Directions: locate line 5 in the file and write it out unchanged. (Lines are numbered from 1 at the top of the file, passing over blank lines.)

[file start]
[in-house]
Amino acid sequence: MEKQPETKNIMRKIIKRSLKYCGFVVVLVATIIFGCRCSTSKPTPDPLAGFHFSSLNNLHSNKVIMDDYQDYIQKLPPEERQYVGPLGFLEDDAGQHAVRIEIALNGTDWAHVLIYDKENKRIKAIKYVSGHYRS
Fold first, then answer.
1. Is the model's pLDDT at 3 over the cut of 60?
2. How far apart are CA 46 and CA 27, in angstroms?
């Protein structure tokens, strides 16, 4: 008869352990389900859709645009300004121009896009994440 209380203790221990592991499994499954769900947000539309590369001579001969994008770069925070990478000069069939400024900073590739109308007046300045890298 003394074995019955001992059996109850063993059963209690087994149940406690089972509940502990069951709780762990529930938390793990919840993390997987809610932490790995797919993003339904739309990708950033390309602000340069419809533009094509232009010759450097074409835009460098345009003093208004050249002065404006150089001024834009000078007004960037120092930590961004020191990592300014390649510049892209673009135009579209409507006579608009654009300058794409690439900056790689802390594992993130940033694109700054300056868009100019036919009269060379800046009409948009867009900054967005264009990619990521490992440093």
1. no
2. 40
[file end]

2. How far apart are CA 46 and CA 27, in angstroms?